It’s Wednesday May 17, 2017

17May

00:0000:00

The intelligence behind plans to broaden a U.S. ban on in-flight laptops and tablets to include planes from Europe took center stage on Wednesday as American and European officials met to discuss the looming decision. The White House has defended the decision by U.S. President Donald Trump to discuss with Russian officials an Islamic State group terror threat related to the use of laptop computers on aircraft.

 

 

National Security Adviser H.R. McMaster said Tuesday that President Trump's sharing of highly classified intelligence information with Russian Foreign Minister Sergey Lavrov was "wholly appropriate" in the context of their conversation about cooperating in the fight against the Islamic State. McMaster repeated his assertion that Trump did not expose any intelligence sources or methods. The information came from an ally - reportedly Israel - but divulging it to Russia's top diplomat was "consistent with the routine sharing of information between the president and any leaders with whom he's engaged," McMaster said. Critics from both parties have said Trump's willingness to pass on secrets to a sometimes hostile nation could discourage allies from sharing intelligence information in the future. Trump said he had the right to share the information, and did it to encourage Russia to cooperate in fighting ISIS.

 

 

Syria on Tuesday denied a claim by the State Department that the government of President Bashar al-Assad had built a crematorium at an infamous military prison to cover up executions by burning bodies. Syria called the allegations "lies" and "fabrications," likening them to a "new Hollywood plot" to justify a U.S. military intervention in Syria's civil war. The State Department said Monday that it believes the Syrian regime is hanging about 50 detainees per day at the Saydnaya military prison near Damascus.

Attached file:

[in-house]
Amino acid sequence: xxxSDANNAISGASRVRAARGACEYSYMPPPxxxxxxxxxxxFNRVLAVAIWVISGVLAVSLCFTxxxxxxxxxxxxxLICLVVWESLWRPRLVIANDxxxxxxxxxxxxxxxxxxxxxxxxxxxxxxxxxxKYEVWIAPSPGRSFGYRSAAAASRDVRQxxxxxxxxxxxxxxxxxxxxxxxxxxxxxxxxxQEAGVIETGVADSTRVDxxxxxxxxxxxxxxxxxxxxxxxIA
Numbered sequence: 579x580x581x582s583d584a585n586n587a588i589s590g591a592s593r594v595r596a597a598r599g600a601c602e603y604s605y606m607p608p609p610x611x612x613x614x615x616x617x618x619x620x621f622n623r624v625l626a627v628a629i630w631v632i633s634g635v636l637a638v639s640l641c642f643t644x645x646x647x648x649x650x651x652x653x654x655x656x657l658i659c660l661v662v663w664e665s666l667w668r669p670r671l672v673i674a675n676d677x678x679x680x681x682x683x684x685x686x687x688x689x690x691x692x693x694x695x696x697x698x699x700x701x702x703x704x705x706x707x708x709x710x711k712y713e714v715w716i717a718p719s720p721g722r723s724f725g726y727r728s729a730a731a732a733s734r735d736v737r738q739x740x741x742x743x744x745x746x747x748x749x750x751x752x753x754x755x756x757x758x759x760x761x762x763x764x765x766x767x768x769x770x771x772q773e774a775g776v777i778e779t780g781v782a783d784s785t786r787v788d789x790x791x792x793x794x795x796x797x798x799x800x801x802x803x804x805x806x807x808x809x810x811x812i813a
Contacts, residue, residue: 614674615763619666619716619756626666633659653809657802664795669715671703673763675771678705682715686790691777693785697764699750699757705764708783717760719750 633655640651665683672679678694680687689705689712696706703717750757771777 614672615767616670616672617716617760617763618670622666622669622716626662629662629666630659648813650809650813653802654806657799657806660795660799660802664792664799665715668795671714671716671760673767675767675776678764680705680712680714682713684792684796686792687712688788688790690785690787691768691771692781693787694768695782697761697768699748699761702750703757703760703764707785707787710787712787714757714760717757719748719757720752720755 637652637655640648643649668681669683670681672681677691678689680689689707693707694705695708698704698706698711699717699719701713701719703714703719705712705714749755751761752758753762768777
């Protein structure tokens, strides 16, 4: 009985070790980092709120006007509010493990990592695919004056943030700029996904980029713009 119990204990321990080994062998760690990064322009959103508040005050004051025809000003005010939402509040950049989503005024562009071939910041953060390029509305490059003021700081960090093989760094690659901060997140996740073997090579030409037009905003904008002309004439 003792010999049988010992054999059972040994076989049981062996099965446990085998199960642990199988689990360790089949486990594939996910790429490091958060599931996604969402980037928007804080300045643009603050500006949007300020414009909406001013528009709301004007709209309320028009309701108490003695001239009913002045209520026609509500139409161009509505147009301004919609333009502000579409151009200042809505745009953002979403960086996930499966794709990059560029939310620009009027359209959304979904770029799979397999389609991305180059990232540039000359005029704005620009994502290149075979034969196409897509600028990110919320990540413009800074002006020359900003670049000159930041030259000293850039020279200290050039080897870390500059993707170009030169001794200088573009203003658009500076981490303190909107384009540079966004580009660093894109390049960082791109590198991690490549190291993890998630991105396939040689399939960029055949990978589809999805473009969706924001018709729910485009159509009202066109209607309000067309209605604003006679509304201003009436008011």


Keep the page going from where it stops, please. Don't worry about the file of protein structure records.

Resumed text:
The New York Times is reporting that President Trump asked then-FBI director James Comey in February to shut down the agency's investigation into former National Security Adviser Michael Flynn, urging Comey to focus on tracking down people who had leaked information to journalists. Trump told Comey, "I hope you can let this go," according to a memo Comey wrote about the meeting, his associates said. The report fueled suspicions among Trump's critics that he has tried to stifle investigations into possible links between his associates and Russia. The White House denied that Trump had asked Comey to drop the Flynn investigation. Rep. Jason Chaffetz, the Republican chairman of the House Oversight Committee, responded by demanding that the FBI provide all "memoranda, notes, summaries, and recordings" between Trump and Comey.

 

 

French President Emmanuel Macron's first government of 18 Cabinet ministers includes a mix of experienced politicians and newcomers from civil society. Half of the appointees announced Wednesday are men and half are women. Prime Minister Edouard Philippe, whom Macron named on Monday, will lead the government, at least until the parliamentary elections scheduled for June. Philippe and Macron chose experienced politicians from the left, the center and the right for the main positions. Socialist Jean-Yves Le Drian was named foreign minister and prominent centrist Francois Bayrou as justice minister. Another centrist, Sylvie Goulard, will lead the Defense Ministry, while Socialist Gerard Collomb will head the Interior Ministry. High-profile conservative Bruno Le Maire was the pick for the Finance Ministry. Other positions were filled by ministers from civil society. Nicolas Hulot, the well-known host of a television show focusing on nature and the environment, was named minister for environment transition.

 

 

Transgender Army Pvt. Chelsea Manning says she's uncertain where her life will take her after serving seven years of a 35-year sentence for leaking classified government materials to WikiLeaks. Manning said in a statement Wednesday that "whatever is ahead ... is far more important than the past," and that she's "figuring things out right now." The statement was emailed just hours after her release from a military prison in Kansas. Minutes later, she tweeted a photo of her feet in tennis shoes, with the caption: "First steps of freedom!!" Manning, who was known as Bradley Manning before she transitioned in prison, was convicted in 2013 of 20 counts, including six Espionage Act violations. Former President Barack Obama granted Manning clemency in January before he left the White House.